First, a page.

Resources on academic writing

For academics, faculty and staff at any level, academic writing skills can be the difference between being published in academic journals, funded or employed or their hard work going unrecognised. From writing journal articles, peer review reports and grant proposals to feedback for students and exam questions, the hard graft of crafting meaningful prose reaches every aspect of university life. These resources look at how to improve academic-style writing in different contexts and for different audiences in research and teaching, as well as how to tap into creativity for better results.

Young female academic writing on laptop illustrating spotlight on academic writing

Exercises to brush up on your academic writing

It’s tempting when you’ve finished a piece of writing to breathe a sigh of relief and rush towards the next deadline. But reflecting on your process, what went well and less well and whether a particular strategy worked for a particular type of piece will move your writing forward and develop your instinct for what works, writes Anne Wilson of the Royal Literary Fund in her piece outlining three exercises that will help you improve your academic writing. 

Three ways to refresh your academic writing

To answer the common question posed by researchers, ‘how can I improve my academic writing?’, Anne Wilson outlines three simple steps that can help

Anne Wilson

Royal Literary Fund

Improve your own and your students’ academic writing

In our podcast on writing and publishing, academics, authors, publishers and postdocs share their advice on how to improve academic writing. Learn how to establish a consistent writing practice, find the hook in your work and introduce a range of voices into your material, among other strategies. 

Teaching in higher education institutions requires educators to empower students to become better writers. At the University of Glasgow, all 11,000 incoming undergraduate and postgraduate taught students complete a compulsory writing course, receiving feedback and guidance on their writing within the first four weeks of enrolment at the university. The institution’s writing and study skills coordinator explains how to implement a similar intervention to improve students’ academic writing.

Identify your academic writing style

Many early career researchers struggle to write enough. The key is to move away from an abstract notion of productivity and towards a productive writing process, explains Rachael Cayley. In her resource on how to identify your academic writing style, she argues that common productivity advice often overlooks structural barriers, and that understanding one’s writing process is crucial for effective productivity.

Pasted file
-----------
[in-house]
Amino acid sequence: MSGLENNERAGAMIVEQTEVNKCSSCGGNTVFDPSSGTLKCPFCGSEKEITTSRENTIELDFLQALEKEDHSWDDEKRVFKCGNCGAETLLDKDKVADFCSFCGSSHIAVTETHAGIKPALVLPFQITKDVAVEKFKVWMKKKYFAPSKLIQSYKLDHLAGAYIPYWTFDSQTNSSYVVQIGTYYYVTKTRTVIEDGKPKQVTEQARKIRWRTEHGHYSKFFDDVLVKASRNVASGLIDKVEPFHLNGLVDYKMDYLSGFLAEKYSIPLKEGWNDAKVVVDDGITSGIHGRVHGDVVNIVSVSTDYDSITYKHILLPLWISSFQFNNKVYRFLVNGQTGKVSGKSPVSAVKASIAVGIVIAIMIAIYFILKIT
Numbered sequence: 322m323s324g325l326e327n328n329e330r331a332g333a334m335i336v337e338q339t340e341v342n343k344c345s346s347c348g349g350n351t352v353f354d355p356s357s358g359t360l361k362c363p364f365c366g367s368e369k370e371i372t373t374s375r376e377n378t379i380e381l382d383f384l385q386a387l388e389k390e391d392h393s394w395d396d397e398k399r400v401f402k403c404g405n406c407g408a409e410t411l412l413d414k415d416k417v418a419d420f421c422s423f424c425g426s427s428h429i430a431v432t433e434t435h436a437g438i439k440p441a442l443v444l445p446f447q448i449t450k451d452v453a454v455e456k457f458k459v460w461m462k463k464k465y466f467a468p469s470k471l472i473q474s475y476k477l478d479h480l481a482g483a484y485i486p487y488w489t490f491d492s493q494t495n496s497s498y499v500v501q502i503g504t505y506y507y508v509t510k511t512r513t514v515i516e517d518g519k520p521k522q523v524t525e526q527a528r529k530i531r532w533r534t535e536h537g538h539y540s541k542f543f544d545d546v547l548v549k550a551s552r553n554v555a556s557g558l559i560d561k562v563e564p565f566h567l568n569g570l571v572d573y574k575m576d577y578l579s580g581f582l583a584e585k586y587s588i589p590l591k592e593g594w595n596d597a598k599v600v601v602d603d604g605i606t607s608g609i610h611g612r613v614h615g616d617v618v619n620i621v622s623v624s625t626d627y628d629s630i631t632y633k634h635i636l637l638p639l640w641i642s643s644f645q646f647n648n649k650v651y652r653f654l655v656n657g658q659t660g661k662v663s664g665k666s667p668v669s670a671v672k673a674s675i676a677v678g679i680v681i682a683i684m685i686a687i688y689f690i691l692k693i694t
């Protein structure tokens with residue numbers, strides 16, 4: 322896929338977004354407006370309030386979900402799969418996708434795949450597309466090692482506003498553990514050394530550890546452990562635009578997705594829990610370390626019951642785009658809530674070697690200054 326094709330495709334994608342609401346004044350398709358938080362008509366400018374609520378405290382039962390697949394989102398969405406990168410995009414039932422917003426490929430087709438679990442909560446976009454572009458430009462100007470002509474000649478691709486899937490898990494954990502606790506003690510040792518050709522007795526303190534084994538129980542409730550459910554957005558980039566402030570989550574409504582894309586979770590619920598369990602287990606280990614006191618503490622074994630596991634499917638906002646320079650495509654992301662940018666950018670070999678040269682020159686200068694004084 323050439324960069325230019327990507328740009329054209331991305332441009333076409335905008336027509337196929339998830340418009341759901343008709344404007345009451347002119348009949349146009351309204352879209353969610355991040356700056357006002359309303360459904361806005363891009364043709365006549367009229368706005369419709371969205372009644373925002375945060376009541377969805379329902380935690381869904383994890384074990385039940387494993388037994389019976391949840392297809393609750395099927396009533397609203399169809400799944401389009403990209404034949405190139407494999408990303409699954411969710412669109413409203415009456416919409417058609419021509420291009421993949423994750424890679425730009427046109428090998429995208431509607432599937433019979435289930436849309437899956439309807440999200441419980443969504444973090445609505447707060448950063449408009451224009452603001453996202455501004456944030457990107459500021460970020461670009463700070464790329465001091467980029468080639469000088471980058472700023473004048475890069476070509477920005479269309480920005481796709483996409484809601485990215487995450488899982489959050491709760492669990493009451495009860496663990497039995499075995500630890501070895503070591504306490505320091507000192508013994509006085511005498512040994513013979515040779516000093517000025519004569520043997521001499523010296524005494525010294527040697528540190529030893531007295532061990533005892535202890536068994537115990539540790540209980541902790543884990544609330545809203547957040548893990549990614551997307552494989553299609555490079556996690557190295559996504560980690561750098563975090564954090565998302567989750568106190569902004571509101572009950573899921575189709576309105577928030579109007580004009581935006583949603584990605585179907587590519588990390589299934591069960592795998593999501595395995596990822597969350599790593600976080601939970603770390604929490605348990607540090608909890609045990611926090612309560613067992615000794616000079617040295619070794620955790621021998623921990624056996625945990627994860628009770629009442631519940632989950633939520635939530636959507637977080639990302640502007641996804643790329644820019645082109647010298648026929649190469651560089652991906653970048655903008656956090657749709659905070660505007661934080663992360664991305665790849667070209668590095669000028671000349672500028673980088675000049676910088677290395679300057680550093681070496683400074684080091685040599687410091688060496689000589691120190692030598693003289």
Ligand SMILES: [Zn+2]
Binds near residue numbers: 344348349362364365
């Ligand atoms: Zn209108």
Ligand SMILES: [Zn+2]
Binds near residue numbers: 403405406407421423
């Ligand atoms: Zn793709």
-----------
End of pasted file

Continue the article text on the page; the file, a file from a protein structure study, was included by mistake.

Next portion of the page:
Academic publishing: how to pitch

Our resources on how to navigate the world of academic publishing include advice from authors and editorial staff. Victoria Pittman, editorial director at Bristol University Press, suggests key considerations for researchers when choosing an academic publisher and preparing their pitch.

Video maker and science communicator Simon Clark explains exactly what a book proposal is and what you should include in it. After all, “having an interesting concept for a book is not enough to guarantee success. You are not just selling your idea, but also your abilities as an author and salesperson,” he argues.

Writing for academic journals

Publishing an academic journal article for the first time can be a daunting and sometimes disappointing experience. In her article on how to prepare your manuscript, Elsevier Researcher Academy’s Jing Tang gives insight into what makes one stand out and how to choose an appropriate home for it.

When you put your work out there, you invite scrutiny, and on many occasions, this manifests as a rejection of your paper. Catherine Léglu, vice-rector for academic affairs at the University of Luxembourg, argues that “‘no‘ gives you a chance to think carefully about the quality of what you wrote”. In her resource, she explains how to see the rejection of your article by a peer-reviewed journal as an opportunity.